Erosion dynamics of a sediment depleted coastal embayment and dunefield

Author: Samuel G. Davidson

Davidson, Samuel G., 2022 Erosion dynamics of a sediment depleted coastal embayment and dunefield, Flinders University, College of Science and Engineering

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Climate change induced sea level rise and increased storm magnitude and frequency will result in more frequent coastal erosion through scarping (Psuty and Silveira, 2010; Maximiliano-Cordova et al., 2019). Scarping occurs when foredunes and other dunes situated foremost at the coast are partially eroded by waves, generally during periods of high-water level (Carter et al., 1990; Sallenger, 2000; Hesp, 2002; Pye and Blott, 2008; Splinter and Palmsten, 2012; Houser et al., 2018). This thesis specifically investigates the effect an increase in scarping will have on complex coastal embayment’s with limited to no sediment supply. The study uses Salmon Hole, located near Beachport, South Australia, a rapidly eroding headland bay beach system, backed by a heavily eroded dunefield and partially protected by an aeolianite reef as a proxy for how similar systems will be affected into the future. This PhD addresses four key components of scarping and the erosion at Salmon Hole to gain insight into this question.

Firstly, the controls that dictate the degree of spatio-temporal change to foredunes following scarping are reviewed. A new conceptual model summarising the key controls and their relationship/significance to the magnitude and extent of scarping is presented. Water level height and duration is found to be the most significant control. The effects scarping has after the initial erosion event are discussed and include moderate changes such as the foredune translating landwards to large change such as the transition of an entire dune system into a new transgressive dunefield phase.

Secondly, the progress, dynamics and cause of the erosion at Salmon Hole were analysed in detail by examining historical shoreline change and the processes driving it. This was primarily achieved using historical aerial imagery and shoreline change statistics. Findings show that a combination of the formation of the ‘lagoon’ between the mainland/dune system and the offshore reef and the resultant breakthrough of the tombolo that have led to the acceleration of the erosion processes seen at Salmon Hole. The formation of the lagoon initiated a divergent evolution that continues in the form of a significant geologically controlled longshore current and terminal rip that enhances removal of sediment during and following erosion of the beach and dunes.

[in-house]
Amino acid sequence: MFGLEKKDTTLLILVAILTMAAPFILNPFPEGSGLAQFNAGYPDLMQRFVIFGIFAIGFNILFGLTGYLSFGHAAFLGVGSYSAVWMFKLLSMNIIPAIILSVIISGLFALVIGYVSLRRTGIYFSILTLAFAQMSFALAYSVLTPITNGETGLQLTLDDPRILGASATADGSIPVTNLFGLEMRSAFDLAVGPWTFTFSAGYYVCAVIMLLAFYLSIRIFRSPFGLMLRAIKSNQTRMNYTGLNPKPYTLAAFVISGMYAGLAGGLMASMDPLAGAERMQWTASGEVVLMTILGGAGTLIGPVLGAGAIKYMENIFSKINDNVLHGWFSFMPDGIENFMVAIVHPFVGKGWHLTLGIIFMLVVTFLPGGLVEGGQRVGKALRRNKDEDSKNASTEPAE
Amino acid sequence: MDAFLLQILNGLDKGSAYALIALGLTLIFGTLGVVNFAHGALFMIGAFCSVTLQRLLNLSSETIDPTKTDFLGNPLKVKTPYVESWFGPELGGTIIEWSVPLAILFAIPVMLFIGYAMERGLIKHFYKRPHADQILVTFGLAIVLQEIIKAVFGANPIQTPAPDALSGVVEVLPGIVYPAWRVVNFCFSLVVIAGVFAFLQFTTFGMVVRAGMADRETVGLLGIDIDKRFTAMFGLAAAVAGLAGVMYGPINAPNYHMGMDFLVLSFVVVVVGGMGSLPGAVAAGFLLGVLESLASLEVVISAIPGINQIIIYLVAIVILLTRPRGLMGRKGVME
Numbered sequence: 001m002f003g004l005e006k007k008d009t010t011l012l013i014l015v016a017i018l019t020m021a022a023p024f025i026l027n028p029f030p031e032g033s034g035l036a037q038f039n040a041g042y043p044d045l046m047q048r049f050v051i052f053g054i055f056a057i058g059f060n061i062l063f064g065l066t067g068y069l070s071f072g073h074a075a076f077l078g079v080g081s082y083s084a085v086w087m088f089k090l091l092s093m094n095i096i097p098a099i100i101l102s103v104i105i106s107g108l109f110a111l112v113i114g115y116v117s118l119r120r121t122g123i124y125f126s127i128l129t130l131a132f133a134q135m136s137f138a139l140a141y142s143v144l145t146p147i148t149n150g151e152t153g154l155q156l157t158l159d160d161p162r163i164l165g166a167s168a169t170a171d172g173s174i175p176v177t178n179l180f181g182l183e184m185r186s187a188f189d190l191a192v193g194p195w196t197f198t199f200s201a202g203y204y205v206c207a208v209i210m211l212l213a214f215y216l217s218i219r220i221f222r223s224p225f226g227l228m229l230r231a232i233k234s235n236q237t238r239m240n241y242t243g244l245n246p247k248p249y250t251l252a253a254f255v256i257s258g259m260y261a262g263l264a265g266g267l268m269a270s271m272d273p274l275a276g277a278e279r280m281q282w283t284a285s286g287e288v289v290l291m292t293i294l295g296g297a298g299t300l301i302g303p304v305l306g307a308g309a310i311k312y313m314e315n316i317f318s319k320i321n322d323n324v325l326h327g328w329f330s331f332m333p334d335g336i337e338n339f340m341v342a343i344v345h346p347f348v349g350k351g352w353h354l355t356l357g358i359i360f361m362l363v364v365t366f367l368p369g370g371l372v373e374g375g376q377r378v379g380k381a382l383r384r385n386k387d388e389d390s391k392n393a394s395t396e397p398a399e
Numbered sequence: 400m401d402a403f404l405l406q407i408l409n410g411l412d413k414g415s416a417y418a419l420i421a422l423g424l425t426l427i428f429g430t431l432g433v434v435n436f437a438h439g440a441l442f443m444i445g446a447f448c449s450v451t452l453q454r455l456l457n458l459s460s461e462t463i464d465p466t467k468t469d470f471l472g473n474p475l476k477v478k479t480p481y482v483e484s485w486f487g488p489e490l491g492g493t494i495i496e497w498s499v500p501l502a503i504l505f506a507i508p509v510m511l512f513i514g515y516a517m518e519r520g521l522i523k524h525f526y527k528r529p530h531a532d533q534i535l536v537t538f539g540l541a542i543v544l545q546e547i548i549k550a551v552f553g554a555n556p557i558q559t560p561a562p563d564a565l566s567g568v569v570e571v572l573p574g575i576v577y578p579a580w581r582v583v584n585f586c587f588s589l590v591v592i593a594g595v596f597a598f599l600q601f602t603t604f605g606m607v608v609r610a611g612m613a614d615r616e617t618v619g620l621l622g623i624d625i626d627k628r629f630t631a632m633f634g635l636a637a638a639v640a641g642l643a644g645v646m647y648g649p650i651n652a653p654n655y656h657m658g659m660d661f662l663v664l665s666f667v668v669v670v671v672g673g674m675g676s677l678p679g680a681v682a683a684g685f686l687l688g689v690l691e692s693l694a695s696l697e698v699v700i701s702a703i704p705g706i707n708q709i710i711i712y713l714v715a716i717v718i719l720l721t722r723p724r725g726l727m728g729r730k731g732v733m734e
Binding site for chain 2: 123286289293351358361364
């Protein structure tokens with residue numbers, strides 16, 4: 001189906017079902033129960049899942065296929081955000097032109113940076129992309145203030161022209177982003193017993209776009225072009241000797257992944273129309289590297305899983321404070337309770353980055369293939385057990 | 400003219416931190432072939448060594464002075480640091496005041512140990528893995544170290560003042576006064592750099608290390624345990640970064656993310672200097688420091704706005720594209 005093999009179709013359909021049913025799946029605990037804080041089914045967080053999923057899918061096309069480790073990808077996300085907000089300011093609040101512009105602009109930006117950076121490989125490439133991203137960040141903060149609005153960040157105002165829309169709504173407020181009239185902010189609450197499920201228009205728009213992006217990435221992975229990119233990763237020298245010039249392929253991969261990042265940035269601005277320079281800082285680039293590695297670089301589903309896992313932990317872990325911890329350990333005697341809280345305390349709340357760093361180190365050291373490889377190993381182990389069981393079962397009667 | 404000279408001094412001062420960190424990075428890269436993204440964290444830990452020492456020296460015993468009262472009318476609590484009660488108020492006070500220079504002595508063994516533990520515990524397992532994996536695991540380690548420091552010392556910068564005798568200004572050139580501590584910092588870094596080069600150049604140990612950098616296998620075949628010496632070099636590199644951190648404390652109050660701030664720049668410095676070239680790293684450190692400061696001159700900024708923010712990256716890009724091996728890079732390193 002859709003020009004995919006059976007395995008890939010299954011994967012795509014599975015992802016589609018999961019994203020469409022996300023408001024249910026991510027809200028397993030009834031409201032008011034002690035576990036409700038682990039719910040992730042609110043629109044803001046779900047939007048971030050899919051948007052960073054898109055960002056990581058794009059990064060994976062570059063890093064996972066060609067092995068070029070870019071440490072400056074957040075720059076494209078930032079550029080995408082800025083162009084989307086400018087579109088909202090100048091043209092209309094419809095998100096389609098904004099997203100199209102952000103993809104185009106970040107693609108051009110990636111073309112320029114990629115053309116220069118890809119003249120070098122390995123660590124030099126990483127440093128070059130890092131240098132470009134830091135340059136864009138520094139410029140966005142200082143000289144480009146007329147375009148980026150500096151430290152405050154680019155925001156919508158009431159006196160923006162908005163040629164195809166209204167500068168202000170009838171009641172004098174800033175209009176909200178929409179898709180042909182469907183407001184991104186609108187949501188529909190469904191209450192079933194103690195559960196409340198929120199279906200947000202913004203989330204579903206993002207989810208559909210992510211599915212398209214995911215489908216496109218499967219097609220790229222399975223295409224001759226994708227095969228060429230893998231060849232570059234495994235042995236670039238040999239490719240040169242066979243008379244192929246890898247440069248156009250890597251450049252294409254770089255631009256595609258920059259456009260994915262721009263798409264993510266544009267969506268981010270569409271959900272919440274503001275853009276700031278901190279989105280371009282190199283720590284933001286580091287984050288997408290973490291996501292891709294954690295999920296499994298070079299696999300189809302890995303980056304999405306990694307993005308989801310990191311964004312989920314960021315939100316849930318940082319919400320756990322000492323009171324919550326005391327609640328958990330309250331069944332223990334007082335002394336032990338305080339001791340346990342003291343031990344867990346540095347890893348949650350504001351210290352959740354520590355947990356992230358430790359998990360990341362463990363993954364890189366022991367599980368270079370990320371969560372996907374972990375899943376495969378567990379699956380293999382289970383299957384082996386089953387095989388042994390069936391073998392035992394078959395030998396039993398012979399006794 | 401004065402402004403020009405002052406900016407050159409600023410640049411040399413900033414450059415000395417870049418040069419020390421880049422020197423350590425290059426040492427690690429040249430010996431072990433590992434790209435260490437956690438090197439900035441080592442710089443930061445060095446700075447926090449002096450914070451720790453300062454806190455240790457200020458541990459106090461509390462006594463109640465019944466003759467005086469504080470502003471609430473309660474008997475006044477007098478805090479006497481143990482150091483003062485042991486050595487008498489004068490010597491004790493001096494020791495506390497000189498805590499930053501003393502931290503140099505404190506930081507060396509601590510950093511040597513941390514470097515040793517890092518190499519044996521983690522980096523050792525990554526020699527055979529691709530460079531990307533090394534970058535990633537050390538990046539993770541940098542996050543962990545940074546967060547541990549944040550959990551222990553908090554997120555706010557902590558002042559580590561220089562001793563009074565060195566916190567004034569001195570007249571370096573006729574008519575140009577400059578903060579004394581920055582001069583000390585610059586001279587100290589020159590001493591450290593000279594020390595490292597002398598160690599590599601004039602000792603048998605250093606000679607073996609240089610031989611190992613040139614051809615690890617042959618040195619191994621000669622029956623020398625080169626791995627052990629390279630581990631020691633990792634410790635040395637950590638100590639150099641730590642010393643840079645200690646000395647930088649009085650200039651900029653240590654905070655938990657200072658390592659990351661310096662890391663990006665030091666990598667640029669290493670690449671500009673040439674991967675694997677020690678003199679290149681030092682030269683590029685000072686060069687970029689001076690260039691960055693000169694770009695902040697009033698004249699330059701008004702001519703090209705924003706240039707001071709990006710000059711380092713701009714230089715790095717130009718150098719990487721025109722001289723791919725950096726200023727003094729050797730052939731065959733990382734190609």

Thirdly, flow dynamics over the steep scarp at Salmon Hole with a larger, higher and longer stoss slope than previously studied were observed through a wind flow experiment. The scarp slope is comprised of segments of varying slope angles that have a significant impact on flow dynamics over the dune. Wind flow dynamics observed include percentage speed up, fluctuations in turbulence, topographic steering, flow expansion and a leeward reversing vortex.

Finally, unique subaqueous transverse dunes found lined perpendicular to the shore in the Salmon Hole lagoon were studied for the first time using bathymetric surveys, orthomoasics, oblique aerial imagery and current meter data. The morphology of the dunes changes seasonally with fluctuations in wave energy and current speed transitioning the dunes between being narrow, asymmetric, and transverse to wide and symmetric.

The four components of this study demonstrate that a lack of sediment delivery back to the beach and thence to the dune between storm events results in the inability for dune recovery or much translation (small blowouts do occasionally form in the dune crest) and that this will result in similar sandy coastlines and dunefields being removed with increased erosion due to climate change.

Keywords: Coastal, geomorphology, dunes, erosion, foredunes, scarps, aeolian

Subject: Earth Sciences thesis

Thesis type: Doctor of Philosophy
Completed: 2022
School: College of Science and Engineering
Supervisor: Professor Patrick Hesp